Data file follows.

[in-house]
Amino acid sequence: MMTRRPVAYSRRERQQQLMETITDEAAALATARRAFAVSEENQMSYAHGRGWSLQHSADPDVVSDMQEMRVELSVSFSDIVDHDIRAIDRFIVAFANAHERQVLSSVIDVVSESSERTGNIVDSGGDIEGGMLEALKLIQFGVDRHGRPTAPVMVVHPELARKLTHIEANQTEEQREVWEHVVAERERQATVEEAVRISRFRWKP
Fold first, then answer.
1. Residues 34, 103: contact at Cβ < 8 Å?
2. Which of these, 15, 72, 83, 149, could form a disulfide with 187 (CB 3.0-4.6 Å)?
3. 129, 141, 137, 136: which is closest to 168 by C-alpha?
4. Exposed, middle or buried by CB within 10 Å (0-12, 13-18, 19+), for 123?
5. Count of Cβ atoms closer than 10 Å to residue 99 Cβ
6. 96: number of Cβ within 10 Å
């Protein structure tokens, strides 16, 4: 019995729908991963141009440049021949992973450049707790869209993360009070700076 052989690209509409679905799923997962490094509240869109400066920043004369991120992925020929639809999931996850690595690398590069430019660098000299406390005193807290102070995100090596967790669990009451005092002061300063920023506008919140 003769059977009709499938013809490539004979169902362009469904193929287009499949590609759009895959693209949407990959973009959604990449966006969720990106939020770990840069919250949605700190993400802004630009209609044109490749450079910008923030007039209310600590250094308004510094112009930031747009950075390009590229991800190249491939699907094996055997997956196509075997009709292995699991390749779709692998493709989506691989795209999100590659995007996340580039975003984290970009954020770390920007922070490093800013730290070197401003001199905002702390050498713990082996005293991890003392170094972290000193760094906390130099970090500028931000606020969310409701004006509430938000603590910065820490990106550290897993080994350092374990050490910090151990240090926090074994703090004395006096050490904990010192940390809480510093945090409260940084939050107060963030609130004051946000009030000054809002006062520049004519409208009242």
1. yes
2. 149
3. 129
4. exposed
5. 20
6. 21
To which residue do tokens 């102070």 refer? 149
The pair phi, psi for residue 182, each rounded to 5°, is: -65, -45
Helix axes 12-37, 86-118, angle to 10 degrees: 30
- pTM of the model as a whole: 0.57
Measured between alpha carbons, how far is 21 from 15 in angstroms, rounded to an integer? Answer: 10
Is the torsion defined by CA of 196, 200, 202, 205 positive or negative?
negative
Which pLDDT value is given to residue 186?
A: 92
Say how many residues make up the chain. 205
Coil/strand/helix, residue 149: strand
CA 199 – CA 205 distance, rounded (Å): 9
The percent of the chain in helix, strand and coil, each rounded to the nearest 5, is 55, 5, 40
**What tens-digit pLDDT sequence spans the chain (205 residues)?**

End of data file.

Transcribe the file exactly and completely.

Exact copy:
[in-house]
Amino acid sequence: MMTRRPVAYSRRERQQQLMETITDEAAALATARRAFAVSEENQMSYAHGRGWSLQHSADPDVVSDMQEMRVELSVSFSDIVDHDIRAIDRFIVAFANAHERQVLSSVIDVVSESSERTGNIVDSGGDIEGGMLEALKLIQFGVDRHGRPTAPVMVVHPELARKLTHIEANQTEEQREVWEHVVAERERQATVEEAVRISRFRWKP
Fold first, then answer.
1. Residues 34, 103: contact at Cβ < 8 Å?
2. Which of these, 15, 72, 83, 149, could form a disulfide with 187 (CB 3.0-4.6 Å)?
3. 129, 141, 137, 136: which is closest to 168 by C-alpha?
4. Exposed, middle or buried by CB within 10 Å (0-12, 13-18, 19+), for 123?
5. Count of Cβ atoms closer than 10 Å to residue 99 Cβ
6. 96: number of Cβ within 10 Å
């Protein structure tokens, strides 16, 4: 019995729908991963141009440049021949992973450049707790869209993360009070700076 052989690209509409679905799923997962490094509240869109400066920043004369991120992925020929639809999931996850690595690398590069430019660098000299406390005193807290102070995100090596967790669990009451005092002061300063920023506008919140 003769059977009709499938013809490539004979169902362009469904193929287009499949590609759009895959693209949407990959973009959604990449966006969720990106939020770990840069919250949605700190993400802004630009209609044109490749450079910008923030007039209310600590250094308004510094112009930031747009950075390009590229991800190249491939699907094996055997997956196509075997009709292995699991390749779709692998493709989506691989795209999100590659995007996340580039975003984290970009954020770390920007922070490093800013730290070197401003001199905002702390050498713990082996005293991890003392170094972290000193760094906390130099970090500028931000606020969310409701004006509430938000603590910065820490990106550290897993080994350092374990050490910090151990240090926090074994703090004395006096050490904990010192940390809480510093945090409260940084939050107060963030609130004051946000009030000054809002006062520049004519409208009242």
1. yes
2. 149
3. 129
4. exposed
5. 20
6. 21
To which residue do tokens 């102070």 refer? 149
The pair phi, psi for residue 182, each rounded to 5°, is: -65, -45
Helix axes 12-37, 86-118, angle to 10 degrees: 30
- pTM of the model as a whole: 0.57
Measured between alpha carbons, how far is 21 from 15 in angstroms, rounded to an integer? Answer: 10
Is the torsion defined by CA of 196, 200, 202, 205 positive or negative?
negative
Which pLDDT value is given to residue 186?
A: 92
Say how many residues make up the chain. 205
Coil/strand/helix, residue 149: strand
CA 199 – CA 205 distance, rounded (Å): 9
The percent of the chain in helix, strand and coil, each rounded to the nearest 5, is 55, 5, 40
**What tens-digit pLDDT sequence spans the chain (205 residues)?**